• In 1640, the Portuguese also rebelled, taking advantage of Castile’s preoccupation with Catalonia. Castile’s demands for increased contributions to its wars in Europe had fomented discontent in Portugal for some time. The last straw came with orders for troops and money to fight the Catalans. With a recent history of being their own masters and with legitimate claimants to their throne, the Portuguese had a powerful incentive for secession. They successfully fought off Castilian attacks, regaining their independence in 1668, taking with them at the same time their overseas possessions. Eighty-eight years of Castilian dominance over Portuguese affairs were at an end.
  • Things were no better overseas. The treasure fleets were constantly harassed and Spanish territories under constant threat. For example, in 1628, the Dutch captured the entire fleet as it prepared its transatlantic crossing, and in 1656 and 1657 the English laid waste to the fleet. In addition, Dutch forts and trading posts in Brazil, India and Indonesia in the early 1600s threatened Portuguese interests and hence the unity of Spain and Portugal.
  • Spain also lost land overseas: Jamaica was seized by the English in 1654 and in 1697 France took the island of Hispaniola (modern Haiti and Dominican Republic).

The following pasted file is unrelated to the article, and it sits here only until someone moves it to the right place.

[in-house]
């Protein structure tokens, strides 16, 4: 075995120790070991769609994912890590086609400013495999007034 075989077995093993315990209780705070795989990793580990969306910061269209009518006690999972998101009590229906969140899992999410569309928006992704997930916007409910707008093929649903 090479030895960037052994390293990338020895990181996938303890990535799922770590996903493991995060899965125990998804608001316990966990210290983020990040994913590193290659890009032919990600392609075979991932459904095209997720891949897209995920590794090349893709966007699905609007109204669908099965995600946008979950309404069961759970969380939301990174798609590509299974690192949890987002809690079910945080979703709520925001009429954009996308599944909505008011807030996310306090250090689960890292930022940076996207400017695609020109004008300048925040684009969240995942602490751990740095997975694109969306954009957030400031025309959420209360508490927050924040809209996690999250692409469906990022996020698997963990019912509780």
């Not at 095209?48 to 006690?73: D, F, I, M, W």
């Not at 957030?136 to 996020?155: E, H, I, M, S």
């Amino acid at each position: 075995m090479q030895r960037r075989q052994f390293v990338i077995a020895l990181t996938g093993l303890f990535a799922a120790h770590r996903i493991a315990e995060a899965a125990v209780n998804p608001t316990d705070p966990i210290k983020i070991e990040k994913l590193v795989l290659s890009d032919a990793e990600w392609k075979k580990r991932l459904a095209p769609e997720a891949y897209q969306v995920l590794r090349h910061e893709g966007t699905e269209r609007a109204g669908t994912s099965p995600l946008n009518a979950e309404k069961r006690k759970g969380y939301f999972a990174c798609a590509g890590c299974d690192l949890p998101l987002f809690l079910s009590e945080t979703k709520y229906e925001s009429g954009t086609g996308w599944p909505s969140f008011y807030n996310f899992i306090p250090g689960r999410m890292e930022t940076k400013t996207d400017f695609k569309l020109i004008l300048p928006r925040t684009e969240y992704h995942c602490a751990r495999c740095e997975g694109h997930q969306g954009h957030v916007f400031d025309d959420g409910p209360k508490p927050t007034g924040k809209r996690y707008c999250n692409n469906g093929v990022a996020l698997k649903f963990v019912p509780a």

The 17th century in fact saw the beginning of the end of Spanish hegemony, a process that would continue in the 18th and 19th centuries.  While France and England were about to accelerate their imperial adventures, Spain witnessed the beginning disintegration of its empire.  By the end of the 17th century, the balance of power had shifted from Spain to France.  The shift coincided with the end of the Hapsburg dynasty in Spain, to be replaced at the beginning of the 18th century by ironically … the French House of Bourbon (the present King of Spain, Juan Carlos is Bourbon by descent). The last Hapsburg king of Spain, Charles II, was impotent and mentally and physically challenged. The image of an incapacitated monarch is a fitting metaphor perhaps of Spain’s political impotence by the end of the 17th century.

Sources.
Carr, Raymond ed  Spain: A History Oxford 2000
Darby, Graham Spain in the Seventeenth Century London 1994
Defournaux, Marcelin  Daily Life in Golden Age Spain Stanford 1966
Elliott, J.H.   Imperial Spain 1469-1716  London 1963
Kamen, Henry Spain 1469-1714: A Society of Conflict London 1983
Vincent, M and Stradling R.A  Cultural Atlas of Spain and Portugal  Oxford: Andromeda 1994